Then there’s Silvio, silver and gold, a song I’d rather not hear if I’m being honest, but JJ who by 96 had taken it to the histrionic psychedelic edges. He and Dylan’s guitar duelling, tripping over each other orgiastically, staccato lines, interweaving, playing off each other. Dylan never played better lead than when he played with those guys. JJ would play off Dylan’s parts here and there and take them further. I often wonder how he would fit in the band now with Charlie and Bob Britt. I think certainly he and Charlie could have weaved magic in ways Charlie had with Larry. But they’re different players doing different things and yes the 92-96 band was a whole other type of music than what came after. I think it was the first new sounds Bob had made in a long time.

Bucky had been around here and there since 89, teaching Dylan pedal steel but not getting the call to go on the road til 92. Think of those versions of Down in the Flood that would often open a show in 95. Think of Queen Jane Approximately, the mandolin on It Ain’t Me Babe from Woodstock, the slow dirge Baby Blue. Bucky could pick up anything. He played fiddle, he played clarinet, he picked up an accordion on tour and just started to play it like he was going for a walk. He played lap steel, pedal steel, dobro, you name it.

That band had their own unique sound. They made music that wasn’t really derivative of any one style and for someone like Bob Dylan with his back catalogue to take that risk was quite something.

With this band there weren’t really stock licks or replicating of styles of music which came later in the Larry/Charlie and beyond. This band weren’t the post-modern outfit that Love And Theft birthed. This combo sounded like these songs were new and fresh and direct true and they made for something unique and I think that’s what Bob loved about how Winston brought that energy to the songs. Bob Dylan was a member of a band, not the leader out front, he was jamming with them, he was learning to play lead. He played a lot of solos. They were a real jam band. But they had their delicate moments too. The slow version of Tambourine Man, Visions of Johanna from 95, the Philly show, Shelter From The Storm from Prague when Dylan and Winston both had flu. All those memorable shows. There are so many pitch perfect 94/95 shows. It’s the last time Dylan sustained an energy level song to song.

Van Morrison might have been the arbiter of the bands demise because he didn’t see what Dylan saw in the band and his comments about Winston were the beginning of the end. Let’s be honest, Van had his own sound, his own type of band, his own perceptions about rhythm and blues and jazz and folk, his Too Late To Stop Now or Wavelength era band could have whipped any other band and sent them packing, but Van was wrong. Dylan was a different type of artist then and he was on a different trip musically, allowing his songs to be morph, to open up and be reformed, reborn and remade in clashes of sound and fury.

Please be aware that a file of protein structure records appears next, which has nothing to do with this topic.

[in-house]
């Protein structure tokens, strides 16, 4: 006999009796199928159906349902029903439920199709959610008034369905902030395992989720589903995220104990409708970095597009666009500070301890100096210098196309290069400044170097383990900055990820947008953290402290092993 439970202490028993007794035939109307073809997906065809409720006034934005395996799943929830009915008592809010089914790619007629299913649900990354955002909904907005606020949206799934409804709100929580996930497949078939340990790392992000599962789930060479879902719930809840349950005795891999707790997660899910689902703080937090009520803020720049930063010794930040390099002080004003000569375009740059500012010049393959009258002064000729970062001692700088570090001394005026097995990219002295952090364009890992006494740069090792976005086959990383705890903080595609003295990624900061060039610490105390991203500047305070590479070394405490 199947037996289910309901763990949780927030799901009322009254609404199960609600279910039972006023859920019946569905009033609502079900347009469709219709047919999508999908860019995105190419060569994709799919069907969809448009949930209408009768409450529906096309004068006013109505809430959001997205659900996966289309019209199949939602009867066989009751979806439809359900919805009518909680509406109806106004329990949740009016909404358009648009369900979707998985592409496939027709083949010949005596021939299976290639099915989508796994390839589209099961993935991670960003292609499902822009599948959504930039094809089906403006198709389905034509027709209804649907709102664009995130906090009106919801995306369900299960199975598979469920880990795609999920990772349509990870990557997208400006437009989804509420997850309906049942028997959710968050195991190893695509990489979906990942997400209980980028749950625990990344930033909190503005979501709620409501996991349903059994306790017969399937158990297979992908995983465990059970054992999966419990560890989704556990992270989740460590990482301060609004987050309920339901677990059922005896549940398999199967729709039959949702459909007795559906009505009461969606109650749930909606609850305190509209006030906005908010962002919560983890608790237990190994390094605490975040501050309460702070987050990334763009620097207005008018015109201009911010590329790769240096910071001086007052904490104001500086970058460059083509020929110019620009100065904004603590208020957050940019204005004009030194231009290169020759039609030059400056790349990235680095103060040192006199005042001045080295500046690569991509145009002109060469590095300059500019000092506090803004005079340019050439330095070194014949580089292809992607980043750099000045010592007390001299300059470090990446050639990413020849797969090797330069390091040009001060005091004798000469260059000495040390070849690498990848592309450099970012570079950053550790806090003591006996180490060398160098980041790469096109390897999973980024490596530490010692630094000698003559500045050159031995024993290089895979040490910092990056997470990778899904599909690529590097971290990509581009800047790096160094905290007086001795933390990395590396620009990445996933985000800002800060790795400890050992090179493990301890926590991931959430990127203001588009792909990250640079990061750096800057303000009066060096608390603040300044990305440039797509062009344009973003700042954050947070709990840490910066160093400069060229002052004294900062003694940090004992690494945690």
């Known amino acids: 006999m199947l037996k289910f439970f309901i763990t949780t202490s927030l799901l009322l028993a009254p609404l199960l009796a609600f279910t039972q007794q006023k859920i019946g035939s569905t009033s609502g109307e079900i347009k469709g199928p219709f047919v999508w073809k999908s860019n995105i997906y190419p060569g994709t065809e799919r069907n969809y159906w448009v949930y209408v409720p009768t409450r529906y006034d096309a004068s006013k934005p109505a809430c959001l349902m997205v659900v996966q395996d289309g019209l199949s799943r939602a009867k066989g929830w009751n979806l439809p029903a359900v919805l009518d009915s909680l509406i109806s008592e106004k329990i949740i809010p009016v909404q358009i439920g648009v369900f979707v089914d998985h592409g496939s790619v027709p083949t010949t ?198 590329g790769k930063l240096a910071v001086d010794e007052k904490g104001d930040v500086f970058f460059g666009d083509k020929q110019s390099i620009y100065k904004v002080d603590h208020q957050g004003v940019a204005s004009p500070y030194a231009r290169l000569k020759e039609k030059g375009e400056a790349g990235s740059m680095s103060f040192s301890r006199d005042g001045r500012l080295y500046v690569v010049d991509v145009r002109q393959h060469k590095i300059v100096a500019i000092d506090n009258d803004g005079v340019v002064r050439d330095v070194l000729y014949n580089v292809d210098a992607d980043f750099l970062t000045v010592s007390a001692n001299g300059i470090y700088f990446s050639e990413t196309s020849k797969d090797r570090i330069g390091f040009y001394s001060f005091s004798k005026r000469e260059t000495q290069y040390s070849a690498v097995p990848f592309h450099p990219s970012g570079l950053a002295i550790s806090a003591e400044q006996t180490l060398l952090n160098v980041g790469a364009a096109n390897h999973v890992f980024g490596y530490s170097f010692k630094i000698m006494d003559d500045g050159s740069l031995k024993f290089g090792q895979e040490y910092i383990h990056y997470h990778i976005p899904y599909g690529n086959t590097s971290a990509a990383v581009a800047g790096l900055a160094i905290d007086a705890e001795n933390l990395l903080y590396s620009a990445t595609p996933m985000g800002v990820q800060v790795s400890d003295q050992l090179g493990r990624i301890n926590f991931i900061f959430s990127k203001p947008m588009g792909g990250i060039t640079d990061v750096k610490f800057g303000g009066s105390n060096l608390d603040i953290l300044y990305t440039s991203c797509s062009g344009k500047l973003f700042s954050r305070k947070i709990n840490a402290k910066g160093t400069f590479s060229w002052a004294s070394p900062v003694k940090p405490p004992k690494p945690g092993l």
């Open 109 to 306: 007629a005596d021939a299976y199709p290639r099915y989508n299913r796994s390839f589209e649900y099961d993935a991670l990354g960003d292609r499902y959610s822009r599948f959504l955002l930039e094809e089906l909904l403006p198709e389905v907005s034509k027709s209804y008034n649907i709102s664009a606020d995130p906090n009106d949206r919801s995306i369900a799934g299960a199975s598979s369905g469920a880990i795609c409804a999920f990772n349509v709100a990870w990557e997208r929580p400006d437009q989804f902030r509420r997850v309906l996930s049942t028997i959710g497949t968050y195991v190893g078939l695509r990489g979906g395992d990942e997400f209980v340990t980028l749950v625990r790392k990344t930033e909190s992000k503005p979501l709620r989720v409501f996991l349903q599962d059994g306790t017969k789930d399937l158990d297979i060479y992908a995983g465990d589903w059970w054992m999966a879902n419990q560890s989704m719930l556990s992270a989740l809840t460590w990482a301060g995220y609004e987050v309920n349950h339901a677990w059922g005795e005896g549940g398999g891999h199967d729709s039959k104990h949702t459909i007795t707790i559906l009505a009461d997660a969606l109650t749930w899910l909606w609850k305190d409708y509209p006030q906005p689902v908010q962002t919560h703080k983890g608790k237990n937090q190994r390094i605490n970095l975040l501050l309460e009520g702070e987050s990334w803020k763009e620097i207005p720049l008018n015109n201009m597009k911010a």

I’m sorry I never saw the 92-96 group live. I was too young. But I grew up on MTV Unplugged and it was how I first heard Bobs singing voice.

Bucky hung on through Time out of Mind and up through the 99 tour through April. The Vienna ’99 show from that last tour is one of my all time favourite shows Dylan has ever performed. The most stunning version of Boots of Spanish Leather I’ve ever heard. Larry Campbell and Bucky worked well together, Larry brought a whole other level to the proceedings and so of course the band morphed again.

Boots of Spanish Leather – Vienna, Austria (30/04/1999)

My good friend Andrea Orlandi whose gold-shirted shot of Bob Dylan made it onto the recent ‘I Contain Multitudes’ artwork, followed that band religiously. He saw many, many shows. Before Winston he knew Charlie Quintana, he’d got to hang out with JJ, Winston, Charlie and some of the others on tour to tour. He knew big Jim. He captured some great images of Bucky and the band in those years and I post these below with his permission.

Rest in peace Bucky. Bob was mighty lucky to have you.

Left to right: Unknown, Victor Maymudes, Bucky Baxter, Chalo Quintana, John Hume, Graziella Bovolato. Photo credit: Andrea Orlandi
Juan les Pins, July 92 – Tony Garnier and Bucky Baxter.

Rehearsals Poble Espanol Barcelona 95. Photo credit: Andrea Orlandi.
Bucky and JJ, Winston and Baron in the background. Hyde Park 1996. Photo credit: Andrea Orlandi.